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Here Comes the Sun

"GeoChron, the Gift of Presidents"

When I was a kid, I would pass by a cool glowing map hanging in the hallway outside of my dad’s office.  It was a "GeoChron" and it showed the areas of day and night over the earth.  If you watched long enough you could see the shadow creep westward.

Many/most of our clients have interests worldwide.  Emergency preparedness and response is an important issue to the enterprise and believe it or not, it is important for coordinators to have an idea of the day/night context of the coworkers with whom they are communicating.  In the event of an emergency, nighttime is a pretty important factor.  Gerald understood this; look how happy he is with his.

We built a MOSS 2007 portal for a client who was interested in seeing their risk data mapped and needed the context of day and night.  Additionally, the map incorporated a series of world clocks, like you would see at an airport or a broadcast station.  The beauty of the interactive map is that there are so many interaction options for this type of feature.


The Seasonal Shadow-Blob Shift

The earth’s axis rocks back and forth over the year: 23.5 degrees one way — to straight up and down — 23.5 degrees the other way, then back.  Every year (but it wasn’t always 23.5 degrees).  So a visual representation of daylight and nighttime on a map will look quite different depending on the time of year.  It is not just a column of light moving west once a day.

So what’s the deal, why is the day/night shadow such a weird shape?  Well, when you unwrap the round earth into the Mercator projection, that’s what you get.

The illustration on the left shows the angle of the earth in June, when the Northern Hemisphere gets more light.  The result on a Mercator map is a shadowy blob that covers the Southern Hemisphere in more hours of darkness.

Here it is in September, the same time of day.  This time of year the direct rays of the sun are around the equator; North and South get equal amounts of daylight, so the day/night shadow is more vertical (the map is actually showing the earth a little before the equinox so the north is still getting a little more light than the south).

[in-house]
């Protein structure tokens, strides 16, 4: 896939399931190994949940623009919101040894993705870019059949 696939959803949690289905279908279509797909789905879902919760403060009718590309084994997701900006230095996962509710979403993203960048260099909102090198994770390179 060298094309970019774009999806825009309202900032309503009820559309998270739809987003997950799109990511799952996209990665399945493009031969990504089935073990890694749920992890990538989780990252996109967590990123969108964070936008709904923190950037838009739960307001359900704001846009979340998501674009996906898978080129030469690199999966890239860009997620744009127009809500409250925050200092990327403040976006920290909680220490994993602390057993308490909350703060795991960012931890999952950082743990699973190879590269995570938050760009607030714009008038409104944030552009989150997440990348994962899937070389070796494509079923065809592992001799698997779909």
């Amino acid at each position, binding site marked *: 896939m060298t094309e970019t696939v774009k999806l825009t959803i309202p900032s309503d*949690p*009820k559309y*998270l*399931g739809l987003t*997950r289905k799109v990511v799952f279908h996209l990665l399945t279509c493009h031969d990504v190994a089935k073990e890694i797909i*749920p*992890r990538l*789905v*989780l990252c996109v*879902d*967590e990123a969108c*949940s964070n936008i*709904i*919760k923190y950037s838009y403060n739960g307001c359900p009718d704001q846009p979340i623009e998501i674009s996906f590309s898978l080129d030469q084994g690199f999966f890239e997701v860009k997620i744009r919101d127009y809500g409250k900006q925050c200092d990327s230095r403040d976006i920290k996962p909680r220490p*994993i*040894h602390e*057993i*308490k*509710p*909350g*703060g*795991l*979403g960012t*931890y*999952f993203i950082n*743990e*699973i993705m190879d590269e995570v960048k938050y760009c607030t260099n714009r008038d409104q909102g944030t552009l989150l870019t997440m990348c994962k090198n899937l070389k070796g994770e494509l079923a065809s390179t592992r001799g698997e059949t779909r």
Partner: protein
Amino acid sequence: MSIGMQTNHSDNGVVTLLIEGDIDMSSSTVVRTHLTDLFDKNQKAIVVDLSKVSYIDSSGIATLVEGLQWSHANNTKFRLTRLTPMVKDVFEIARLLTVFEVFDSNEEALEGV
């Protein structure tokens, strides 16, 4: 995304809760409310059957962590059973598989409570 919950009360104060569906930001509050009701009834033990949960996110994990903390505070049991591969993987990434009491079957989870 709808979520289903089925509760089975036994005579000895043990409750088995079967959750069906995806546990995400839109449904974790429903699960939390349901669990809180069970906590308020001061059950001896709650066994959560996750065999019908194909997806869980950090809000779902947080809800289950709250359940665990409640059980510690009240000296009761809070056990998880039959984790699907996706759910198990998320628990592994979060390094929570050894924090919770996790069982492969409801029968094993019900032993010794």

In December, the shadowy blob is favoring the Northern Hemisphere, while the Southern Hemisphere enjoys more hours of daylight.  Good for Australia, bad for me.  So it goes.

How It Looks

I live in Lansing, MI, in the Eastern time zone and I just took the screen capture on the right (it’s about 11:30 am).  I am in that highlighted zone and I can see that sunrise passed me by several hours ago and is currently moving westward across southern Alaska.  It is still dark in Hawaii but not for long.  The sun is setting in Afghanistan and has already set over Madagascar.

You can tell it is summer here because the wider part of the daytime band is in the Northern Hemisphere.

The already great context of maps is enhanced by the visualization of day and night as it shifts through time and seasons, particularly to those with global interests -not just Presidents.


John Nelson / IDV Solutions / john.nelson@idvsolutions.com



One response

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